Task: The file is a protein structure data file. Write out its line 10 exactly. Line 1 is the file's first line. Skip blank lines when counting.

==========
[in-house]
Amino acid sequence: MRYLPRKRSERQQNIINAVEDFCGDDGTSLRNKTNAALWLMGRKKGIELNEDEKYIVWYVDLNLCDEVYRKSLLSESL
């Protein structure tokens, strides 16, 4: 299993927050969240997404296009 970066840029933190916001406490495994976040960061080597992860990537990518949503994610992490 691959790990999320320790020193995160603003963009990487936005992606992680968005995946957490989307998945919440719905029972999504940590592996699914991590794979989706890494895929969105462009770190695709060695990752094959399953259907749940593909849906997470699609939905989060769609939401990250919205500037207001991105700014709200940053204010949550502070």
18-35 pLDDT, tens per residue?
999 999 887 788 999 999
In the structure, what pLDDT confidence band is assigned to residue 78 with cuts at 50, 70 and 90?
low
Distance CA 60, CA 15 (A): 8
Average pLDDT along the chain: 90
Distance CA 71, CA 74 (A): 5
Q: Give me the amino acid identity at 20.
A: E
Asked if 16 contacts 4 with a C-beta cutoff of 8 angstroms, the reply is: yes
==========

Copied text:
Distance CA 71, CA 74 (A): 5